Ben Shapiro

Baseball deserves better than this.  With spring training beginning this week, coming off perhaps the greatest playoffs in the sport?s history, all the talk is about a former player and his allegations of steroid use.  Jose Canseco was a circus freak during his playing days, a man so bulky that it was always surprising when he could extend his arms far enough to get the bat head over the plate.  There?s no denying his incredible talent ? during his early days with Oakland, he was the best player in the game.  But he became more famous for his idiotic antics ? bouncing a fly ball off his head and over the fence for a home run, for example ? than for his batting accomplishments.

    But Canseco?s latest antics are no joke.  According to press accounts about his new book, ?Juiced: Wild Times, Rampant ?Roids, Smash Hits, and How Baseball Got Big,? Canseco alleges that he personally injected former home run king and teammate Mark McGwire with steroids, and states that he used steroids with Jason Giambi, Rafael Palmeiro, Ivan Rodriguez, and Juan Gonzalez.  Palmeiro and Rodriguez are surefire Hall-of-Famers for their statistics.  Canseco also mentions Barry Bonds, Sammy Sosa, Roger Clemens, Miguel Tejada, and Bret Boone.

    The question on everyone?s lips: is Canseco believable?  In a word, yes.  Anyone who doesn?t believe that McGwire, Sosa, and Bonds were on the juice is living on a different planet.  Just look at old pictures of these players.  Bonds used to be a string-bean ? now he looks like he could play linebacker for the San Francisco 49ers.  His head has changed shape and size dramatically.  Sosa, too, went from beanpole to bulky behemoth.  McGwire was always large, but he played with Canseco early in his career.

    It isn?t just the major players, either.  Remember Brady Anderson, formerly of the Baltimore Orioles?  In 1996, he hit 50 home runs while looking like a mini-Schwarzenegger.  The year before, he hit 16 home runs.  The year after, he hit 18.  Is that a coincidence?

    In 2002, former Most Valuable Player Ken Caminiti (who would subsequently die of a drug overdose) admitted his own steroid use and said that he believed over half of the players in MLB were using steroids or human growth hormone.  Current Red Sox hero Curt Schilling told Sports Illustrated, ?I?ll pat guys on the a--, and they?ll look at me and go, ?Don?t hit me there, man.  It hurts.?  That?s because that?s where they shoot the steroid needles.?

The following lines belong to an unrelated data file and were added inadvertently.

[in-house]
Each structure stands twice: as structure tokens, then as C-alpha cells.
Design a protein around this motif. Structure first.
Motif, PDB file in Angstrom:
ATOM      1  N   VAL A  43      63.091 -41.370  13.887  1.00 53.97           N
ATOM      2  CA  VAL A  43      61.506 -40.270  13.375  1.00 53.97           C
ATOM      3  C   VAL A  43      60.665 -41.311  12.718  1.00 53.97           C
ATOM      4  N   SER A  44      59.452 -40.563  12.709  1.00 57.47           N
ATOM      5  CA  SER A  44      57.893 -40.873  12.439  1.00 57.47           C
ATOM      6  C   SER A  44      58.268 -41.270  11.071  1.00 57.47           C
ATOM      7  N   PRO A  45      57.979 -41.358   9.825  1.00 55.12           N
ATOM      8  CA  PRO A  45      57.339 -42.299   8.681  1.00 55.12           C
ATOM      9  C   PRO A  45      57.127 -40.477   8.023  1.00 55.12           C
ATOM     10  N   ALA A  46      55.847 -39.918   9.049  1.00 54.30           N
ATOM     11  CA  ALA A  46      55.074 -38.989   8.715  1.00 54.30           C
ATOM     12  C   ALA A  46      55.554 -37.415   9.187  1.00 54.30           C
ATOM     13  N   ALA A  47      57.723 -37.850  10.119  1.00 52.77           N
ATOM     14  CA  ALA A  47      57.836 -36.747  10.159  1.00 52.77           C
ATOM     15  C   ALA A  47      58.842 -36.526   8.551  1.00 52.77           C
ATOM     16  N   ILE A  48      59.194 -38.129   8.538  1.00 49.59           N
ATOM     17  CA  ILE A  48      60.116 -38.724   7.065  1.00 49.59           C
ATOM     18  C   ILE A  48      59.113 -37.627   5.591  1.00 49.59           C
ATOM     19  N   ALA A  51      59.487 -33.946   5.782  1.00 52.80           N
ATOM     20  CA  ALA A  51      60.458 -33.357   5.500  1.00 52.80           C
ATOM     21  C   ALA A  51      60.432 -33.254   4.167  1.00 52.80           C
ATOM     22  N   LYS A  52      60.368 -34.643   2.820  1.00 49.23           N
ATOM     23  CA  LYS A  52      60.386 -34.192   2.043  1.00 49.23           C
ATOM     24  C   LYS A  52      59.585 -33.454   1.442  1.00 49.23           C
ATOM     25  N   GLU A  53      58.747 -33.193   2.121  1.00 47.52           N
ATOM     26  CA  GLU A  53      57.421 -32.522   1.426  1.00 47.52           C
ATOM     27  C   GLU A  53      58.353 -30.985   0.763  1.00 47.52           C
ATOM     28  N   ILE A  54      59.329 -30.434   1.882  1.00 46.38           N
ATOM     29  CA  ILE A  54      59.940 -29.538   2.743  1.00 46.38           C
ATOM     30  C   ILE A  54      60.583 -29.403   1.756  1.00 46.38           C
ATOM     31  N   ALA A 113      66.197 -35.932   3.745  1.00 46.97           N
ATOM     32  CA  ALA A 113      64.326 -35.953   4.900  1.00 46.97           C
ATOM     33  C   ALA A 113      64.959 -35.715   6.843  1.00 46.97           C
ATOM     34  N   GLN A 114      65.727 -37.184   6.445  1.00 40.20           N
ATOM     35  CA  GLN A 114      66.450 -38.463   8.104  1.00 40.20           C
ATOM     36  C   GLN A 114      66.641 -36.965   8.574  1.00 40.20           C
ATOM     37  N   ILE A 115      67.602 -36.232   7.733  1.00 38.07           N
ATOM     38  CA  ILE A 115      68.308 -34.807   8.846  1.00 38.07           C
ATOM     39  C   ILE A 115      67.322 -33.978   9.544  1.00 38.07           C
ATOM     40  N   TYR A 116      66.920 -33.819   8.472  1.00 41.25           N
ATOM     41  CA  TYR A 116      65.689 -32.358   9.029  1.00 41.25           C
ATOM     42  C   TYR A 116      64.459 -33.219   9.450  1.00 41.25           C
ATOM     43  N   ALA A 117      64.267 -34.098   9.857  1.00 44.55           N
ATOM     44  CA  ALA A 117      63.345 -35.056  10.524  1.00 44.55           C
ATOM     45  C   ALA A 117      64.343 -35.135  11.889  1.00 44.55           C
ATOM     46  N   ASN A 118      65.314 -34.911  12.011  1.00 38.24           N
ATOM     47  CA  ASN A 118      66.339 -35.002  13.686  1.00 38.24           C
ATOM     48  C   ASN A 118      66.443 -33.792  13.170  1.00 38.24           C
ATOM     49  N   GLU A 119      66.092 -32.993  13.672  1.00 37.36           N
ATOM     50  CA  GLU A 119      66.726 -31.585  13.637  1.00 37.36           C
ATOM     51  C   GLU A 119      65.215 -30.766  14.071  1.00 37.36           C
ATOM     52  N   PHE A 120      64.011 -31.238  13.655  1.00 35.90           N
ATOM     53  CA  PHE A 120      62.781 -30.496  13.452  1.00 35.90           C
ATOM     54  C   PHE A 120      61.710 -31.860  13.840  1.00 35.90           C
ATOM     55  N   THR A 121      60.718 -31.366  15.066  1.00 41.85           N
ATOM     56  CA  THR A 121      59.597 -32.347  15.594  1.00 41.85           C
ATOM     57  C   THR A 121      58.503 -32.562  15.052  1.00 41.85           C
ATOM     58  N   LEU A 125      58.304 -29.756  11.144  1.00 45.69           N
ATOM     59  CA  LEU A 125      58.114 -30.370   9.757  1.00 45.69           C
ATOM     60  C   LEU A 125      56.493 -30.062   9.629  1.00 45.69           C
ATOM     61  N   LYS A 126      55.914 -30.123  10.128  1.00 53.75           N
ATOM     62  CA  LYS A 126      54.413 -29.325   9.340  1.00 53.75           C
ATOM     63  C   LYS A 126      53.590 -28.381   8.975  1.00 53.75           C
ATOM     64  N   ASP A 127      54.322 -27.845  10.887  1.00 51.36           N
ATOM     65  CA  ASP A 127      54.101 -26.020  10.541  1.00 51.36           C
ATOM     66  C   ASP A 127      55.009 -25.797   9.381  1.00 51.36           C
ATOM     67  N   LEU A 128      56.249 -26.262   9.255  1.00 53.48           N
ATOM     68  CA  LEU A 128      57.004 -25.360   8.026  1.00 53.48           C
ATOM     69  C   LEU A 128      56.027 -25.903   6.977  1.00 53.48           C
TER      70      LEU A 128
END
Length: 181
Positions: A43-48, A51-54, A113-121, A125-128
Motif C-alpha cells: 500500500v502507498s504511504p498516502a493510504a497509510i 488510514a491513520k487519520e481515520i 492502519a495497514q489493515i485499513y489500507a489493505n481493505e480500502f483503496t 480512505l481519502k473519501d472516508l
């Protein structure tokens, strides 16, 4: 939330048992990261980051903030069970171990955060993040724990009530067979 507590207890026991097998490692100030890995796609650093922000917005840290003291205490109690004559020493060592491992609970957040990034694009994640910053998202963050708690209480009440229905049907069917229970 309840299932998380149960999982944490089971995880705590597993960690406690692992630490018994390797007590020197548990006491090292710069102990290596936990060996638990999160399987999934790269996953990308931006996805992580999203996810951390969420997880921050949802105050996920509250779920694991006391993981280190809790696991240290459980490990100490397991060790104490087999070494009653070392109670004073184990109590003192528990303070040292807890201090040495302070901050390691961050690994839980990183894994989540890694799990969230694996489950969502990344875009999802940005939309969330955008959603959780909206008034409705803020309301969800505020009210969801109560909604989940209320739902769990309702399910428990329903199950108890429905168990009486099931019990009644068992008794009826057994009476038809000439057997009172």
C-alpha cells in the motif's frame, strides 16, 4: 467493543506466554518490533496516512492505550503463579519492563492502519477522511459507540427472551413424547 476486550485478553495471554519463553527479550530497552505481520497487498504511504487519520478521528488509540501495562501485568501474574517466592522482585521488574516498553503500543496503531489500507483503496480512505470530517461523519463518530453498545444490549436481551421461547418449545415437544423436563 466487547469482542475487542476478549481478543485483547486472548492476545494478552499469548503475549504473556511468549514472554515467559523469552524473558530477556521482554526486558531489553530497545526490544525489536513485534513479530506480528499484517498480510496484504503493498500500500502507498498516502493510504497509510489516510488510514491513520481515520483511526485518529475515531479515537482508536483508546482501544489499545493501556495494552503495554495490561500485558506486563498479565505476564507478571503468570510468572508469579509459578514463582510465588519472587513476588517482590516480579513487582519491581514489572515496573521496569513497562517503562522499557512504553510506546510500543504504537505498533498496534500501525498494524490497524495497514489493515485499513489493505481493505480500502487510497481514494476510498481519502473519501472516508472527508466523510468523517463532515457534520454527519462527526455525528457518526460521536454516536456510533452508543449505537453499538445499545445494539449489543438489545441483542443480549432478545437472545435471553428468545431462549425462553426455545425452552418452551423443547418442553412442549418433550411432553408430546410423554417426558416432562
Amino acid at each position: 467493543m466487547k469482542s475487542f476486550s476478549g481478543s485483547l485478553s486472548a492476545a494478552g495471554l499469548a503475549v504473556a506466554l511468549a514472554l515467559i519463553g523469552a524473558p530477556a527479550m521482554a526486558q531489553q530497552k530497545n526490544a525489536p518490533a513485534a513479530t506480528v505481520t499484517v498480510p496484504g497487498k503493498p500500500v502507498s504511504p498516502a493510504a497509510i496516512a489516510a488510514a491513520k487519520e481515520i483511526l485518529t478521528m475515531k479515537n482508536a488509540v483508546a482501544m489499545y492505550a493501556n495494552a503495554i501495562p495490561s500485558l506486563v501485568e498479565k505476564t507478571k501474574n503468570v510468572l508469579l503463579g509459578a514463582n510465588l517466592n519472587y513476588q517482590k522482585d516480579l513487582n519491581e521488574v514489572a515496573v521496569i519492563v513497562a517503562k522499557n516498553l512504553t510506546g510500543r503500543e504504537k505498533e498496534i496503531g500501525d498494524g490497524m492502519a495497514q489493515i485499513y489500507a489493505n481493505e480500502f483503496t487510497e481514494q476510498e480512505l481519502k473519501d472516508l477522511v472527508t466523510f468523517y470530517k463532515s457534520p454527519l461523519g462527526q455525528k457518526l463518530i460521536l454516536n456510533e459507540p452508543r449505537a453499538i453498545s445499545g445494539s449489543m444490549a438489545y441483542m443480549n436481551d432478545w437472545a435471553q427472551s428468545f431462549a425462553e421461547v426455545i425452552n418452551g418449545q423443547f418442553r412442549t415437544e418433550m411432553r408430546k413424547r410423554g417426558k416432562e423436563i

This scandal threatens the very integrity of the game.  Baseball personifies the American vision: an idyllic field of green, a game that glorifies the individual within the team context, the reverence for history.  Baseball is a game enmeshed in history.  From Ruth to Mays, from Aaron to Gehrig, from Walter Johnson to Sandy Koufax, from Honus Wagner to Cal Ripken Jr., baseball?s past makes it what it is today.

    Now its records are under attack from cheaters.  As Schilling stated, ?When you add in steroids and strength training, you?re seeing records not just being broken but completely shattered.?  To allow cheaters to hold records gained legitimately is to pervert the history of the game.

    There?s no way to evaluate what players like Bonds and McGwire would have done had they not been on the juice.  The truth is, we shouldn?t have to consider those calculations.  It pains me to write this ? the 1998 season, when it masqueraded as reality, was pure magic ? but Bonds and McGwire and anyone else who is found to have used anabolic steroids and/or hGH should be banned for life.  This isn?t unprecedented, and it isn?t unfair.  In 1919, the Chicago White Sox threw the World Series to the Cincinnati Reds, and Commissioner Kennesaw Mountain Landis banned eight members of the team from baseball for life.  Incredible players like Shoeless Joe Jackson and Eddie Cicotte and Buck Weaver are still prohibited from ever entering the Hall of Fame.  But it wasn?t until after the scandal that Major League Baseball instituted a rule prohibiting gambling ? when the Black Sox gambled, they weren?t formally breaking the rules.

    Juicing up is no less reprehensible than gambling on the game.  Just because the rules didn?t explicitly prohibit it at the time doesn?t mean it wasn?t wrong, and that the players didn?t realize it was wrong.  The only way to recover what was lost is to ban the players who participated, and wipe their records from the books.  Give the records back to Maris, Ruth, Aaron, and the rest.  And let a new generation of players learn that there is honor in baseball.


Ben Shapiro

Ben Shapiro is an attorney, a writer and a Shillman Journalism Fellow at the Freedom Center. He is editor-at-large of Breitbart and author of the best-selling book "Primetime Propaganda: The True Hollywood Story of How the Left Took Over Your TV."
 
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